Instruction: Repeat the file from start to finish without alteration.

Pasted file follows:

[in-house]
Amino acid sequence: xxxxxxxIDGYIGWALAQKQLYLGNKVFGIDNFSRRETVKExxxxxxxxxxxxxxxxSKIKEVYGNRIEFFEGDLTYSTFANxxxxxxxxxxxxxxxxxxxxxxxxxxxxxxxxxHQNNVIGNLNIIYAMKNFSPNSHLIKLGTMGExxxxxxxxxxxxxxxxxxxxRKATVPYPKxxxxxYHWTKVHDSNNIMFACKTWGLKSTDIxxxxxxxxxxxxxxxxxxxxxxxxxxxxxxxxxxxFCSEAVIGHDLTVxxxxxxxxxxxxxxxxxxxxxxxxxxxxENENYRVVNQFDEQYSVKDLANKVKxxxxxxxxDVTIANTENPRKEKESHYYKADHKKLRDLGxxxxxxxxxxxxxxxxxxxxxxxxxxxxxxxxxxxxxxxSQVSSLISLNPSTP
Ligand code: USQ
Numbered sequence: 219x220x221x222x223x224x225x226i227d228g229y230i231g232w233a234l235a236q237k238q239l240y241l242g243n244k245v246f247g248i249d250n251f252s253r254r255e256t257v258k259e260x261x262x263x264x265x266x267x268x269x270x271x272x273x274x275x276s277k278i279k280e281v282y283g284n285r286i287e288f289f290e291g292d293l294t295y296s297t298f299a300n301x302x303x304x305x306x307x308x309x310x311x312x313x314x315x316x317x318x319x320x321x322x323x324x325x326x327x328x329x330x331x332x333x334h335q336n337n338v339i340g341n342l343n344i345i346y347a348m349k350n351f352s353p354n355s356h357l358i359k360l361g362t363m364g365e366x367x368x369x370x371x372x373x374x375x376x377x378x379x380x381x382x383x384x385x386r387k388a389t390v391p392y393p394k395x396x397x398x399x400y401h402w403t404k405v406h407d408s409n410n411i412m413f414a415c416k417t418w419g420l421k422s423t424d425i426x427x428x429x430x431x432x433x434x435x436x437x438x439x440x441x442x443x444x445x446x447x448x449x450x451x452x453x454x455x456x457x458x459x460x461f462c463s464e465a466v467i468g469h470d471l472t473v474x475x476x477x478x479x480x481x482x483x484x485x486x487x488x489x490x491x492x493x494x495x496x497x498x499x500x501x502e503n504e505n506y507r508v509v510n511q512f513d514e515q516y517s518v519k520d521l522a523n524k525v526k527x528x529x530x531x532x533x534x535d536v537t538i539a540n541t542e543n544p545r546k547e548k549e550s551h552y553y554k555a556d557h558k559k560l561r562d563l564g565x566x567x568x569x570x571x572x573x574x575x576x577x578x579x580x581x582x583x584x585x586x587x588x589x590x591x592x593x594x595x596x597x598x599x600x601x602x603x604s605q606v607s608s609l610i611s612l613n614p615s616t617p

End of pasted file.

[in-house]
Amino acid sequence: xxxxxxxIDGYIGWALAQKQLYLGNKVFGIDNFSRRETVKExxxxxxxxxxxxxxxxSKIKEVYGNRIEFFEGDLTYSTFANxxxxxxxxxxxxxxxxxxxxxxxxxxxxxxxxxHQNNVIGNLNIIYAMKNFSPNSHLIKLGTMGExxxxxxxxxxxxxxxxxxxxRKATVPYPKxxxxxYHWTKVHDSNNIMFACKTWGLKSTDIxxxxxxxxxxxxxxxxxxxxxxxxxxxxxxxxxxxFCSEAVIGHDLTVxxxxxxxxxxxxxxxxxxxxxxxxxxxxENENYRVVNQFDEQYSVKDLANKVKxxxxxxxxDVTIANTENPRKEKESHYYKADHKKLRDLGxxxxxxxxxxxxxxxxxxxxxxxxxxxxxxxxxxxxxxxSQVSSLISLNPSTP
Ligand code: USQ
Numbered sequence: 219x220x221x222x223x224x225x226i227d228g229y230i231g232w233a234l235a236q237k238q239l240y241l242g243n244k245v246f247g248i249d250n251f252s253r254r255e256t257v258k259e260x261x262x263x264x265x266x267x268x269x270x271x272x273x274x275x276s277k278i279k280e281v282y283g284n285r286i287e288f289f290e291g292d293l294t295y296s297t298f299a300n301x302x303x304x305x306x307x308x309x310x311x312x313x314x315x316x317x318x319x320x321x322x323x324x325x326x327x328x329x330x331x332x333x334h335q336n337n338v339i340g341n342l343n344i345i346y347a348m349k350n351f352s353p354n355s356h357l358i359k360l361g362t363m364g365e366x367x368x369x370x371x372x373x374x375x376x377x378x379x380x381x382x383x384x385x386r387k388a389t390v391p392y393p394k395x396x397x398x399x400y401h402w403t404k405v406h407d408s409n410n411i412m413f414a415c416k417t418w419g420l421k422s423t424d425i426x427x428x429x430x431x432x433x434x435x436x437x438x439x440x441x442x443x444x445x446x447x448x449x450x451x452x453x454x455x456x457x458x459x460x461f462c463s464e465a466v467i468g469h470d471l472t473v474x475x476x477x478x479x480x481x482x483x484x485x486x487x488x489x490x491x492x493x494x495x496x497x498x499x500x501x502e503n504e505n506y507r508v509v510n511q512f513d514e515q516y517s518v519k520d521l522a523n524k525v526k527x528x529x530x531x532x533x534x535d536v537t538i539a540n541t542e543n544p545r546k547e548k549e550s551h552y553y554k555a556d557h558k559k560l561r562d563l564g565x566x567x568x569x570x571x572x573x574x575x576x577x578x579x580x581x582x583x584x585x586x587x588x589x590x591x592x593x594x595x596x597x598x599x600x601x602x603x604s605q606v607s608s609l610i611s612l613n614p615s616t617p